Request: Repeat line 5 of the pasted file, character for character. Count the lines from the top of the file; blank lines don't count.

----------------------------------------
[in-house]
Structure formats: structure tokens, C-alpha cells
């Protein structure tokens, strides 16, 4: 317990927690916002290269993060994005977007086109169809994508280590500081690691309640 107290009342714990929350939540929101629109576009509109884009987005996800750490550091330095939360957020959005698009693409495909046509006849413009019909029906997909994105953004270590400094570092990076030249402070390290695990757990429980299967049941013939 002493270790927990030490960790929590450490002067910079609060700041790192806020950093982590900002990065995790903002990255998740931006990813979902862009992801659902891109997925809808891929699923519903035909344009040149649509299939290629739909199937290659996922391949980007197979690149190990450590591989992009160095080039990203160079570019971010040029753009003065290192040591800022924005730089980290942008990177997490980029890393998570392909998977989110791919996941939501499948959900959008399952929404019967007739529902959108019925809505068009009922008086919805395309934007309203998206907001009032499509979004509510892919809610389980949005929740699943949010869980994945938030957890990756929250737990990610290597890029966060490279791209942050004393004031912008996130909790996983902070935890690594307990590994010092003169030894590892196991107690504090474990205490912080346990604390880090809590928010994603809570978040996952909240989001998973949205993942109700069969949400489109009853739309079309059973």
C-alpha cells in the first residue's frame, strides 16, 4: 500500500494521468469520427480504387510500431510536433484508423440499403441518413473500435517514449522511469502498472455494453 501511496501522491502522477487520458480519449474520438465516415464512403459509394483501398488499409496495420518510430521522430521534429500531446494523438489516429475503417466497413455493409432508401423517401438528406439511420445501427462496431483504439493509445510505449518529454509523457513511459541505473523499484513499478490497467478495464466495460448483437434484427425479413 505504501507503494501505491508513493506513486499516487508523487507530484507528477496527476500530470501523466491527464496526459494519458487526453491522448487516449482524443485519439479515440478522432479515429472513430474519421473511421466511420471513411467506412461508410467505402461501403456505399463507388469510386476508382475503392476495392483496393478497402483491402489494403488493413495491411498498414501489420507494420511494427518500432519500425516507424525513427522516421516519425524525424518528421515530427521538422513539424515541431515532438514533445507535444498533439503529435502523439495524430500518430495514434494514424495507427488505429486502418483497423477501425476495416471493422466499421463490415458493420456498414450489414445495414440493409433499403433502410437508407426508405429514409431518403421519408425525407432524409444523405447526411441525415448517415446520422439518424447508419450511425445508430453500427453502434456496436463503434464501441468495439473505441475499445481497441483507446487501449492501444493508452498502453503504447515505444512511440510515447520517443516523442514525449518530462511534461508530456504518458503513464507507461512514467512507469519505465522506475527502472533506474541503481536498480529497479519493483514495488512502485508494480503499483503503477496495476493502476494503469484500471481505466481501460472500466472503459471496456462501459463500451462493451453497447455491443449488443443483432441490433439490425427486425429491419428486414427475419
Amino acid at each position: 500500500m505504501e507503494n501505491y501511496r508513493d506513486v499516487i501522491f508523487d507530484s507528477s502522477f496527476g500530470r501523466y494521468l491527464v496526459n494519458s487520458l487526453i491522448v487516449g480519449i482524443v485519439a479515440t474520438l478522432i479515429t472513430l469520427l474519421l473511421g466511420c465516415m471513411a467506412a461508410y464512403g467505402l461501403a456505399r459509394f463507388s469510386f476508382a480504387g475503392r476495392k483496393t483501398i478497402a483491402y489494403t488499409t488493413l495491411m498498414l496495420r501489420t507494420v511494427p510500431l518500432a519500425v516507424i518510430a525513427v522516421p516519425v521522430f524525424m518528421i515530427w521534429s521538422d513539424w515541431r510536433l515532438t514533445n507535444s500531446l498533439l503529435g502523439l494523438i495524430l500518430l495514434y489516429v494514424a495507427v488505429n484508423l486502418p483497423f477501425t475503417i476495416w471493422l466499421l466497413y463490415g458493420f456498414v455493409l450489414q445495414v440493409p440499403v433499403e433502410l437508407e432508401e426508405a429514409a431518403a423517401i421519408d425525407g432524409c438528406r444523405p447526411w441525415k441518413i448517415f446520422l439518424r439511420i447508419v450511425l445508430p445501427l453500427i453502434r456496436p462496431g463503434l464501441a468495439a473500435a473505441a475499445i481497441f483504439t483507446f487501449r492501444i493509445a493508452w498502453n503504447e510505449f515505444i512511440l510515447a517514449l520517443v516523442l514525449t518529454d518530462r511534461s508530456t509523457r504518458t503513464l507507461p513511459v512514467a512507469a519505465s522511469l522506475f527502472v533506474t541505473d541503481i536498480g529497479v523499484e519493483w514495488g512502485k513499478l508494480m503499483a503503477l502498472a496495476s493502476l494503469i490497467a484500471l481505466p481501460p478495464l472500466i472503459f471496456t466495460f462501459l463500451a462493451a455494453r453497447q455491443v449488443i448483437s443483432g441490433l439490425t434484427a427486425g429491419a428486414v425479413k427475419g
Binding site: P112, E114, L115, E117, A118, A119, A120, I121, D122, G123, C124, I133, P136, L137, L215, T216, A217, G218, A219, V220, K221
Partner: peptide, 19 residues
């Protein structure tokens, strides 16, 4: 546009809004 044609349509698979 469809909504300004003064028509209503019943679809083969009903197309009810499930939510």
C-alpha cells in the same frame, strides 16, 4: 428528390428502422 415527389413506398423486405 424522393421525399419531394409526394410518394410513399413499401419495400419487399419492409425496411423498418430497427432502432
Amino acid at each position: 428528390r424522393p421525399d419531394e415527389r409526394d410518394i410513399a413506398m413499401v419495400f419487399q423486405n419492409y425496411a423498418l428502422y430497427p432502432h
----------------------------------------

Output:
Amino acid at each position: 500500500m505504501e507503494n501505491y501511496r508513493d506513486v499516487i501522491f508523487d507530484s507528477s502522477f496527476g500530470r501523466y494521468l491527464v496526459n494519458s487520458l487526453i491522448v487516449g480519449i482524443v485519439a479515440t474520438l478522432i479515429t472513430l469520427l474519421l473511421g466511420c465516415m471513411a467506412a461508410y464512403g467505402l461501403a456505399r459509394f463507388s469510386f476508382a480504387g475503392r476495392k483496393t483501398i478497402a483491402y489494403t488499409t488493413l495491411m498498414l496495420r501489420t507494420v511494427p510500431l518500432a519500425v516507424i518510430a525513427v522516421p516519425v521522430f524525424m518528421i515530427w521534429s521538422d513539424w515541431r510536433l515532438t514533445n507535444s500531446l498533439l503529435g502523439l494523438i495524430l500518430l495514434y489516429v494514424a495507427v488505429n484508423l486502418p483497423f477501425t475503417i476495416w471493422l466499421l466497413y463490415g458493420f456498414v455493409l450489414q445495414v440493409p440499403v433499403e433502410l437508407e432508401e426508405a429514409a431518403a423517401i421519408d425525407g432524409c438528406r444523405p447526411w441525415k441518413i448517415f446520422l439518424r439511420i447508419v450511425l445508430p445501427l453500427i453502434r456496436p462496431g463503434l464501441a468495439a473500435a473505441a475499445i481497441f483504439t483507446f487501449r492501444i493509445a493508452w498502453n503504447e510505449f515505444i512511440l510515447a517514449l520517443v516523442l514525449t518529454d518530462r511534461s508530456t509523457r504518458t503513464l507507461p513511459v512514467a512507469a519505465s522511469l522506475f527502472v533506474t541505473d541503481i536498480g529497479v523499484e519493483w514495488g512502485k513499478l508494480m503499483a503503477l502498472a496495476s493502476l494503469i490497467a484500471l481505466p481501460p478495464l472500466i472503459f471496456t466495460f462501459l463500451a462493451a455494453r453497447q455491443v449488443i448483437s443483432g441490433l439490425t434484427a427486425g429491419a428486414v425479413k427475419g